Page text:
The two most popular keycap materials are ABS (Acrylonitrile Butadiene Styrene), which is commonly used in 3D printing and Lego bricks, and PBT (Polybutylene Terephthalate). Both are tough forms of plastic designed to hold up to the tapping, finger oils, and friction a keyboard experiences.
ABS is sometimes seen as the budget option due to its common inclusion in cheaper keyboards. However, reality is more nuanced than that. Some high-end keyboard and keycap makers actually opt for ABS due to its better sound dampening, more vibrant color replication, and resistance to the warping and bending PBT caps can suffer during manufacturing. ABS is also better for translucent keys designed to allow RGB lighting to pass through.
PBT, meanwhile, is far more resistant to the wear and collection of finger oils that produce the shiny look and slick feel many older keyboards eventually suffer from. It also creates a sharper sound profile and has a slightly grittier surface that some typists prefer. However, it doesn't accept dye as well, and often requires doubleshot legends (more on these below), which adds to the price.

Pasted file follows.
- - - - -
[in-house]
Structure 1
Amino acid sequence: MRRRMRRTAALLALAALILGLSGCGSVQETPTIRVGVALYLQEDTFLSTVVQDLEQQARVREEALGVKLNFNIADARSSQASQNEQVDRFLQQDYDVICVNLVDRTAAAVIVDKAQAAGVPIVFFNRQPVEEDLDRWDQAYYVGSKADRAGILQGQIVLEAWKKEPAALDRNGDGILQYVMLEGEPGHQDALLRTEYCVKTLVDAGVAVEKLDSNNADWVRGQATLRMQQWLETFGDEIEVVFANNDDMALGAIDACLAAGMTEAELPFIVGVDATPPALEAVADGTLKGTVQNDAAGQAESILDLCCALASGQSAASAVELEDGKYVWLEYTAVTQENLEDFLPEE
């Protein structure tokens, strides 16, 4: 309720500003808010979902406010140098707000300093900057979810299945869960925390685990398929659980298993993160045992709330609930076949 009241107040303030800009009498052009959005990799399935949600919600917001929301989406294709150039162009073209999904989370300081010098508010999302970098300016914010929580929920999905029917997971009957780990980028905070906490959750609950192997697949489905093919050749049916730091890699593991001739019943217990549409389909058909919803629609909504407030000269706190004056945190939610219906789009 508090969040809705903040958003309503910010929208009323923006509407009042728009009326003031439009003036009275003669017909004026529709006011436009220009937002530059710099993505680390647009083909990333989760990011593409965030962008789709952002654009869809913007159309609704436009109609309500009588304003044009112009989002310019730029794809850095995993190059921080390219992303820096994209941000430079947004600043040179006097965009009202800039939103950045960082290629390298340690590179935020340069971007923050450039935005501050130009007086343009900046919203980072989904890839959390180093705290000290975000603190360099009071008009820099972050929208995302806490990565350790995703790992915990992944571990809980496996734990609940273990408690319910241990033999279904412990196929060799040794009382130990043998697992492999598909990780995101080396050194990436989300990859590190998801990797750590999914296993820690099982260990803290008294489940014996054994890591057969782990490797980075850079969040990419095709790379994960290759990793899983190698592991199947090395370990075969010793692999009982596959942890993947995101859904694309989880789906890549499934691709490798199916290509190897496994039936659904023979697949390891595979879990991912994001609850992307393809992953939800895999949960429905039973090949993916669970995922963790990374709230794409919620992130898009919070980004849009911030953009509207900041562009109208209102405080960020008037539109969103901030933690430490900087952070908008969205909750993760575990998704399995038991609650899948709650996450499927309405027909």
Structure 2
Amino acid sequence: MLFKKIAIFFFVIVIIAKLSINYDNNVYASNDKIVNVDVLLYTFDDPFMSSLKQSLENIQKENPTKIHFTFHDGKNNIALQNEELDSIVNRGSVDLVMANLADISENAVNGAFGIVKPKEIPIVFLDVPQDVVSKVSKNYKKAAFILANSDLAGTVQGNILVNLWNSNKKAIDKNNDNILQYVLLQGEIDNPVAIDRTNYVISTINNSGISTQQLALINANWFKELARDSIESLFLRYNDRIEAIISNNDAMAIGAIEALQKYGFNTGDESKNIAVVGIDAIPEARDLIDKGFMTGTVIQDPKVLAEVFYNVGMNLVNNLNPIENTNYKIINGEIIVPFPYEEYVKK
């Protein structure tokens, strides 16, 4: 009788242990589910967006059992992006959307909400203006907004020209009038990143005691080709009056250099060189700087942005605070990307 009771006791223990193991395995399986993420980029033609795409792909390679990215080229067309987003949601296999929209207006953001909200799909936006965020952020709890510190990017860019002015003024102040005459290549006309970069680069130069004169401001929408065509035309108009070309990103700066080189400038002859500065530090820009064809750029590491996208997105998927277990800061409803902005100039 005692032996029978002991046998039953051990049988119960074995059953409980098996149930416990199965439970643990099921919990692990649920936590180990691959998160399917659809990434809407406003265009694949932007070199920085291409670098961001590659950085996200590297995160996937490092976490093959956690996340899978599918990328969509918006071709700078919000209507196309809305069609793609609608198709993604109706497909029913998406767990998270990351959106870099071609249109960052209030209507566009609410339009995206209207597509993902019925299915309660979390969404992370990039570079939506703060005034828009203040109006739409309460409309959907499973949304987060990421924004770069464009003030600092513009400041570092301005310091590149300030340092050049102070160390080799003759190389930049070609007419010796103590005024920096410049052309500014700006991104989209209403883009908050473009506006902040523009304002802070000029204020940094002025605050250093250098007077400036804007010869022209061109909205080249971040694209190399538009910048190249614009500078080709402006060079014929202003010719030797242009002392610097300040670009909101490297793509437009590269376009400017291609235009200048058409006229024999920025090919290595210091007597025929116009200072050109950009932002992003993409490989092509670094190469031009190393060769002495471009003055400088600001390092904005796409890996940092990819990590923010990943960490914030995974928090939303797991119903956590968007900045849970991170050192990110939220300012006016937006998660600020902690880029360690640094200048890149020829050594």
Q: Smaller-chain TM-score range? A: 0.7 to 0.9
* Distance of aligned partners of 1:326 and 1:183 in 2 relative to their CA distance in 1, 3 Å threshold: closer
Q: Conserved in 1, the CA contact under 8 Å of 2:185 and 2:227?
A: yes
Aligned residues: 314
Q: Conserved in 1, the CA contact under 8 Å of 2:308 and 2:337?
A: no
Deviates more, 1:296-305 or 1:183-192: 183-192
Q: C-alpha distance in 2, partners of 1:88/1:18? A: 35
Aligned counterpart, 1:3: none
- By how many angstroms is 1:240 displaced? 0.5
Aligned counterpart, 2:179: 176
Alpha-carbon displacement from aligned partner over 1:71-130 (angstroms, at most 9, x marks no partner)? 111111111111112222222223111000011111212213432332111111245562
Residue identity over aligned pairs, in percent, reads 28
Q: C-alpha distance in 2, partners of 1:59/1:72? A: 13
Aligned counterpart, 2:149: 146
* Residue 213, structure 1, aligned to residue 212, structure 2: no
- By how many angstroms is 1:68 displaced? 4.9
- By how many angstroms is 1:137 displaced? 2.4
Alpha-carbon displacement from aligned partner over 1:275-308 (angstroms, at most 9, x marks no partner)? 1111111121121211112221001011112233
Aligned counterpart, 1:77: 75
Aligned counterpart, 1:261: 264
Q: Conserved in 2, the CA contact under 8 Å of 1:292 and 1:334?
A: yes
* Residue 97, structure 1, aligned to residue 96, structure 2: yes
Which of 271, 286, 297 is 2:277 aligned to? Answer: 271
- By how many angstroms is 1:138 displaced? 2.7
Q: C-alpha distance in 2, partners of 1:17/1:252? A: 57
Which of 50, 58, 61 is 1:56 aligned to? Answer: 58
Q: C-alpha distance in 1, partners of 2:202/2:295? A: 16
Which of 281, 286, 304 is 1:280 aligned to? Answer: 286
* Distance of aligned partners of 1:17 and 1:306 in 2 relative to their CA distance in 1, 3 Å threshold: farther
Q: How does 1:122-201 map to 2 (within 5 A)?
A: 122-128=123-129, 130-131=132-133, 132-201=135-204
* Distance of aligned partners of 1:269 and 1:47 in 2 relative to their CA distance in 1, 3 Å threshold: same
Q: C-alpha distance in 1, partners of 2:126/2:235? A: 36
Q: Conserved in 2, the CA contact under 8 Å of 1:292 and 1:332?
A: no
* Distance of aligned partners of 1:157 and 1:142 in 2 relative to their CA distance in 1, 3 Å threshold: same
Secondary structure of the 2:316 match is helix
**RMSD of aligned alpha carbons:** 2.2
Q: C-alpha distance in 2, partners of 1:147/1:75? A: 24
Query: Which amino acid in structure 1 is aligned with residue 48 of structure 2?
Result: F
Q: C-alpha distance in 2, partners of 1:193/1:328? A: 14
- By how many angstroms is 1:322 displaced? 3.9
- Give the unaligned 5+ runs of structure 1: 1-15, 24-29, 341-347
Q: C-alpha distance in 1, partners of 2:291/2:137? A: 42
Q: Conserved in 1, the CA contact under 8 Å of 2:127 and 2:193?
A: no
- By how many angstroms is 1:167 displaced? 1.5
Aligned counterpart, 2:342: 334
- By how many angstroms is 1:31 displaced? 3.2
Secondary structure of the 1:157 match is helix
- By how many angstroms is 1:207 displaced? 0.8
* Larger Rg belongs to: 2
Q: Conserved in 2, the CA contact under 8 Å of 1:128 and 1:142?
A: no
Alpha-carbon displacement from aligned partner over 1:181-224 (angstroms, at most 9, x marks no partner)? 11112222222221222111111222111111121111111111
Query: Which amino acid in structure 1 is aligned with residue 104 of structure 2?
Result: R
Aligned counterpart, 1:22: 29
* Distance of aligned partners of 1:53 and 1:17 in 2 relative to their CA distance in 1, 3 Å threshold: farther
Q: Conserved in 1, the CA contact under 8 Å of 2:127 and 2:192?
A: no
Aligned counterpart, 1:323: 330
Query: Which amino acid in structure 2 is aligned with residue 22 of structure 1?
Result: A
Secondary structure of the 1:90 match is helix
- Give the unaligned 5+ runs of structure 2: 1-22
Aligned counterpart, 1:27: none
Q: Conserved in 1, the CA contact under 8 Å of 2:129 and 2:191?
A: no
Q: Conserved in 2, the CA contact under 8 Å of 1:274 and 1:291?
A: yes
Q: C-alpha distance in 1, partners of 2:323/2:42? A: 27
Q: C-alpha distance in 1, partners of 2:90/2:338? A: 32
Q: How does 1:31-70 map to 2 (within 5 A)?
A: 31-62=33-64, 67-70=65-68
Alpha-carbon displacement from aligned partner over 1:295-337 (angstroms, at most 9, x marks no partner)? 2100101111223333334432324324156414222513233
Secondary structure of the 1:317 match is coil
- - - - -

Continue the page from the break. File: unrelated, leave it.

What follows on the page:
What are legends?
These are the characters on each key that let you know what it does. Although some keycaps sets are made without any legends (a flex for the true touch typists out there) most include a standard selection of letters, numbers, punctuations, and modifiers. While the font of choice can vary somewhat, the biggest difference impacting keycap quality is how its legends are added.
The most common method is printing. In this circumstance, an opaque keycap is printed (commonly via silicone pad or spray application) with a pigment in the legend color the manufacturer chooses. This has the benefit of being cheap, but it has the risk of eventually wearing off with long-term use (seen on the right above).
Some keycaps, particularly those designed to support RBG backlighting, are created the opposite way: a pigment is applied to a translucent cap's entire surface, except where its legend is located. This blocks light overall bleed but allows the character displayed on the cap to glow (seen on the left above).
Lastly, there are doubleshot keycaps. This type of keycap consists of two discrete layers. Each layer is precisely cast so that they can be stacked to create the final cap. The top layer includes a piercing in the shape of the required legend, while the bottom layer includes a protrusion in the exact same shape and size that slots into that piercing so tightly there are no detectable gaps (seen centered above).